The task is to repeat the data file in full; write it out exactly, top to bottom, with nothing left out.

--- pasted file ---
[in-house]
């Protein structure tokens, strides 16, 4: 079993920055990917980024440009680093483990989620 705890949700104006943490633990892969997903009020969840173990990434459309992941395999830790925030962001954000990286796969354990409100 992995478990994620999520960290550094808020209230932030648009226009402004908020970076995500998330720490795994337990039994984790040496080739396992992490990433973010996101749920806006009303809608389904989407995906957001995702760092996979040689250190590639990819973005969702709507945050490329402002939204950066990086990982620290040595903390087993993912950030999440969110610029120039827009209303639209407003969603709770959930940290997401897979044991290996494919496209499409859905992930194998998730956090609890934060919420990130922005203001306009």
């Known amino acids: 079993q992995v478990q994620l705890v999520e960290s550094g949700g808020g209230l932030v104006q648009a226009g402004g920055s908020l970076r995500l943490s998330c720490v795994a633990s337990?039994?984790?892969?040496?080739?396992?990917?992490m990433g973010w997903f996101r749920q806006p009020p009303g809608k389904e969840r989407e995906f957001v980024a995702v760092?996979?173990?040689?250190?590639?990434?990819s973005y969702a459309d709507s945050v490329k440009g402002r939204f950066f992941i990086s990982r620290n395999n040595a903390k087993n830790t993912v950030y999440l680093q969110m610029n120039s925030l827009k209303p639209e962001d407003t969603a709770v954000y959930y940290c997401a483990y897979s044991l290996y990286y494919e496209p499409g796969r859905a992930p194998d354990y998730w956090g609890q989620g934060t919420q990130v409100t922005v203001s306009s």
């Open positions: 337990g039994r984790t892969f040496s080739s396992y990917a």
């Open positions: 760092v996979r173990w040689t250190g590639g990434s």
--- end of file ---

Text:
[in-house]
């Protein structure tokens, strides 16, 4: 079993920055990917980024440009680093483990989620 705890949700104006943490633990892969997903009020969840173990990434459309992941395999830790925030962001954000990286796969354990409100 992995478990994620999520960290550094808020209230932030648009226009402004908020970076995500998330720490795994337990039994984790040496080739396992992490990433973010996101749920806006009303809608389904989407995906957001995702760092996979040689250190590639990819973005969702709507945050490329402002939204950066990086990982620290040595903390087993993912950030999440969110610029120039827009209303639209407003969603709770959930940290997401897979044991290996494919496209499409859905992930194998998730956090609890934060919420990130922005203001306009």
């Known amino acids: 079993q992995v478990q994620l705890v999520e960290s550094g949700g808020g209230l932030v104006q648009a226009g402004g920055s908020l970076r995500l943490s998330c720490v795994a633990s337990?039994?984790?892969?040496?080739?396992?990917?992490m990433g973010w997903f996101r749920q806006p009020p009303g809608k389904e969840r989407e995906f957001v980024a995702v760092?996979?173990?040689?250190?590639?990434?990819s973005y969702a459309d709507s945050v490329k440009g402002r939204f950066f992941i990086s990982r620290n395999n040595a903390k087993n830790t993912v950030y999440l680093q969110m610029n120039s925030l827009k209303p639209e962001d407003t969603a709770v954000y959930y940290c997401a483990y897979s044991l290996y990286y494919e496209p499409g796969r859905a992930p194998d354990y998730w956090g609890q989620g934060t919420q990130v409100t922005v203001s306009s």
């Open positions: 337990g039994r984790t892969f040496s080739s396992y990917a």
């Open positions: 760092v996979r173990w040689t250190g590639g990434s």